Brian Kemp Victory jeopardizes Stacey Abrams shot at Georgia Gov

Georgia Gov. Brian Kemp’s victory in Tuesday’s GOP primary may have dealt a blow to some of his Republican critics, but his victory is also bad news for his Democratic gubernatorial opponent Stacey Abrams.

Kemp and Abrams both won their party’s nominations this week, with Kemp beating former Senator David Perdue – who was backed by Kemp critic Donald Trump – with more than 72 percent of the GOP vote at the time of the Associated Press vote. Abrams ran unhindered.

November’s general election won’t be the first time Kemp and Abrams have faced each other in voting. They were opponents in 2018, with Kemp defeating Abrams by 50.2 to 48.8 percent.

Abrams, a voting rights activist credited with helping Georgia’s Democrats win the 2020 presidential election, is known for increasing voter turnout in the state — particularly among black voters. But experts say she will have to redouble those efforts after Kemp won the Republican primary.

Charles Bullock, a professor of political science at the University of Georgia, said news week that although Abrams’ efforts knocked the state blue in the last presidential election, the gubernatorial race will be an entirely different situation if Kemp is on the ballot.

In 2020, Biden led the state by a slim 0.23 points over Trump. Then, in January 2021, Senators Jon Ossoff and Raphael Warnock turned both Georgia Senate seats blue after defeating their Republican opponents, who were both incumbents supported by Trump.

Stacey Abrams, Brian Kemp
November’s general election will mark the second time that Georgia Governor Brian Kemp and Democratic nominee Stacey Abrams have faced each other for the governorship. Above: Abrams and Kemp debate in Atlanta on October 23, 2018.
Getty Images/John Bazemore

Bullock said some of the ballots cast for Ossoff and Warnock had less to do with support for the Democratic Party and more to do with opposition to the former president.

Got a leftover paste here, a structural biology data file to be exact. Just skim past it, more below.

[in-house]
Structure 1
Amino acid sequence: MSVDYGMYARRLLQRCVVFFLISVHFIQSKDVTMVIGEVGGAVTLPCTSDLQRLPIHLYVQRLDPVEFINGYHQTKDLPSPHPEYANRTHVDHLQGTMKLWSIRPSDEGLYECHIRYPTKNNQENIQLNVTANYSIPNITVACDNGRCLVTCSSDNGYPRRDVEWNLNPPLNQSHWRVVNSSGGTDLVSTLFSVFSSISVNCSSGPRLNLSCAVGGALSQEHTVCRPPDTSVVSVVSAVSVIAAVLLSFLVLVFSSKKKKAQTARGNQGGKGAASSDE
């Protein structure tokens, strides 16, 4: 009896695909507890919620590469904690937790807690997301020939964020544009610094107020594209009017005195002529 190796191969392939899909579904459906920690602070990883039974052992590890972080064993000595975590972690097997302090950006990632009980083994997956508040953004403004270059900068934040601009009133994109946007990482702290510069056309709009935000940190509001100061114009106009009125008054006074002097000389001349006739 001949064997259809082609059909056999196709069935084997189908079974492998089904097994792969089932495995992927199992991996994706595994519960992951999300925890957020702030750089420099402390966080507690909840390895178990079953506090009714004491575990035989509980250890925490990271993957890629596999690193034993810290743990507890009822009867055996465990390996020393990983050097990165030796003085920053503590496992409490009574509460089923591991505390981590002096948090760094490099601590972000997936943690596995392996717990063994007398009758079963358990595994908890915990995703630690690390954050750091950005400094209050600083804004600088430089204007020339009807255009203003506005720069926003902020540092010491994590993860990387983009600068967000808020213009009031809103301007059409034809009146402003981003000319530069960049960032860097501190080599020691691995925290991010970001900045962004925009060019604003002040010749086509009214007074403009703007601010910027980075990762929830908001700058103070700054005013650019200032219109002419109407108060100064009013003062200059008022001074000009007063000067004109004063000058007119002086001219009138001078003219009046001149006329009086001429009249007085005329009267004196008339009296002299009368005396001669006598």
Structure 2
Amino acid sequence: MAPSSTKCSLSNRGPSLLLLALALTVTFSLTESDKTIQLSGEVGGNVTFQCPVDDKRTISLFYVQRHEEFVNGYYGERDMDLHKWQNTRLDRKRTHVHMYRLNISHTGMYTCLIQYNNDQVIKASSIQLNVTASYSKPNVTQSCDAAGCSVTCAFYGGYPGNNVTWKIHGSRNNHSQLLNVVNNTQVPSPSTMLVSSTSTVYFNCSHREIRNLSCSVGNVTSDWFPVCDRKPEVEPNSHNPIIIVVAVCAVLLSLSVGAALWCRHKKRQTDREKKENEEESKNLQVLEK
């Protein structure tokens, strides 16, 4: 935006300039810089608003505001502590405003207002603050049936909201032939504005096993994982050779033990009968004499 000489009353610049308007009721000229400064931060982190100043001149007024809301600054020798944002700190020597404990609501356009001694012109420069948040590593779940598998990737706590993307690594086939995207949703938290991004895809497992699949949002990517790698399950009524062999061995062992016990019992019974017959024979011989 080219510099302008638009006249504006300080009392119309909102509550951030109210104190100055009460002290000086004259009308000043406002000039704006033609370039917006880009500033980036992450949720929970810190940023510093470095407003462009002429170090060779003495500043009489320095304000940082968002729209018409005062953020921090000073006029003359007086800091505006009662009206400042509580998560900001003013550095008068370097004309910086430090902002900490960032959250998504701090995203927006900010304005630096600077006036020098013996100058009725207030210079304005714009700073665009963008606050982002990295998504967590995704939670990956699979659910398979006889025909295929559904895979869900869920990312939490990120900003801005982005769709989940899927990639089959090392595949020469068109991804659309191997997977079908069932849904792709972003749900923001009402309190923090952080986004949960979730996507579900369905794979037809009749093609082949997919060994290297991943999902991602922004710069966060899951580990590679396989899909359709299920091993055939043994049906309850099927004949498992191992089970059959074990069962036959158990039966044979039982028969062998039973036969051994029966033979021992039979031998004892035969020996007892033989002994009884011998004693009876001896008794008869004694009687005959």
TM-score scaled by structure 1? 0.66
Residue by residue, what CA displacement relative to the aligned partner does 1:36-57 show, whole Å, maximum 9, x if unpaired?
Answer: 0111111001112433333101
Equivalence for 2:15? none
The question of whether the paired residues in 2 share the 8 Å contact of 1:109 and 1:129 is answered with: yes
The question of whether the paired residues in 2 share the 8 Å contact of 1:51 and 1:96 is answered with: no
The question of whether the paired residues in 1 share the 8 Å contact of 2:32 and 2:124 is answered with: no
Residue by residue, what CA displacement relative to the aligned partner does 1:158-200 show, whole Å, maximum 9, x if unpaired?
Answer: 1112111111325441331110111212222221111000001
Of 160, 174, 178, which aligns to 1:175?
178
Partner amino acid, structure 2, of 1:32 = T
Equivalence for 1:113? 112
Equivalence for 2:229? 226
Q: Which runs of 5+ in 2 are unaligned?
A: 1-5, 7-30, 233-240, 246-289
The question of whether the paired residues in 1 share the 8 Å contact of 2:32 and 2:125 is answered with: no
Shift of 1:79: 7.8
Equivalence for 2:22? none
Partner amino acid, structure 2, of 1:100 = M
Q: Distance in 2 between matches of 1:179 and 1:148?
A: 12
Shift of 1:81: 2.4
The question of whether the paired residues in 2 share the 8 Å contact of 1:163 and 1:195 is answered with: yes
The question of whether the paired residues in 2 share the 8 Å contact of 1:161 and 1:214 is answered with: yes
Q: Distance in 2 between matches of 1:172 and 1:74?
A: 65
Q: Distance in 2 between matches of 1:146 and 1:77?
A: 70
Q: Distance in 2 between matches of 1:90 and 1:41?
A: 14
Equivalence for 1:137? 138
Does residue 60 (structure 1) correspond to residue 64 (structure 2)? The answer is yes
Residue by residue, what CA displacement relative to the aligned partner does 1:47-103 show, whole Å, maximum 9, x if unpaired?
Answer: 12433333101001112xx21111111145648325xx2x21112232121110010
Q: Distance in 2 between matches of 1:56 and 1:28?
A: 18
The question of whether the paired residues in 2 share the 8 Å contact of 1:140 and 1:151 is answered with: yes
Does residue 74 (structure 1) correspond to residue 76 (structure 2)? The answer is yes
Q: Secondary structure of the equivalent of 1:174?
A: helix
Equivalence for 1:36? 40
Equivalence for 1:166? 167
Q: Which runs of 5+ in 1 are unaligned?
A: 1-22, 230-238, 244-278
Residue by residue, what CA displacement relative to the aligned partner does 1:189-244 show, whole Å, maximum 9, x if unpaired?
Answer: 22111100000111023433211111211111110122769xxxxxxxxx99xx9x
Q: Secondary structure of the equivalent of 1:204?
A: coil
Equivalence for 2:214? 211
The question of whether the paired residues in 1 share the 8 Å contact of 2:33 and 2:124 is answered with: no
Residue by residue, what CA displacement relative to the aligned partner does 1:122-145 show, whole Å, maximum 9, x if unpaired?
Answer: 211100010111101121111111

With Kemp running against Abrams again, Georgia voters who previously turned blue over Trump could still meet the former president while this time voting for the GOP nominee.

“Some of the educated white people who voted for Biden, who voted for Ossoff and Warnock because they didn’t like Trump, may not feel the need to vote for the Democrats unless it’s a situation where the Republican nominee is who they support is someone who supported Trump,” Bullock said.

“[Abrams] not only will it have to mobilize a strong turnout from the minority community, but it will also have to get that share of white voters,” he said. For a Democrat to win in Georgia, he or she must reach about 40 percent of the state’s college grads, he pointed out.

Republican strategist Jay Townsend agreed that Kemp’s win “will do [Abrams’] race harder.”

“Kemp is a seasoned and accomplished activist. If he’s easily renamed, Abrams will be in for a tough fight,” Townsend said news week before elementary school on Tuesday. “Always expect the unexpected, but it’s safe to say the race is going to be nasty and tough.”

Abrams faces a unique challenge because of Kemp’s appeal — something Bullock said happened just last year when political newcomer Glenn Youngkin won his Virginia gubernatorial race against former Democratic Gov. Terry McAullife.

“[Abrams] would be better off against Perdue because Kemp will potentially be able to have the same appeal that Glenn Youngkin had in Virginia,” Bullock said. “Perdue wouldn’t be able to pull this off. He was too much in Trump’s pocket.”

Stacey Abrams, Gov. of Georgia
Stacey Abrams, who ran unopposed in Tuesday’s Georgia Democratic primary, speaks during a campaign rally March 14 in Atlanta.
Getty Images/Anna Moneymaker

While the race against Kemp may complicate Abrams’ path to governor, the GOP has its own set of challenges. With a sizable segment of Republican voters believing the 2020 presidential election was stolen, a lack of confidence in the electoral process could discourage them from casting a ballot, which could give Democrats some clout in the tough race.

Republicans’ reluctance to vote could also be encouraged by Trump — who still holds great sway with some GOP voters — as he blows up the state’s election process over his nominee’s loss in the primary. Ahead of that race, the former president even said Georgia “could be better” with Abrams running the state instead of Kemp.

“You can argue that the reason the two Democrats won in January 2021 was because Trump and his associates, people like Sidney Powell, went around saying you can’t trust the voting system. Sidney Powell literally said, ‘Don’t vote for these Republican senators because they haven’t done enough to help Trump,'” Bullock said.

“A segment of Republican voters is still saying they don’t trust the voting system, even after the new test was conducted in 2021, so it wouldn’t take much for Trump to fuel that suspicion and potentially reduce turnout,” he added. Brian Kemp Victory jeopardizes Stacey Abrams shot at Georgia Gov

Rick Schindler

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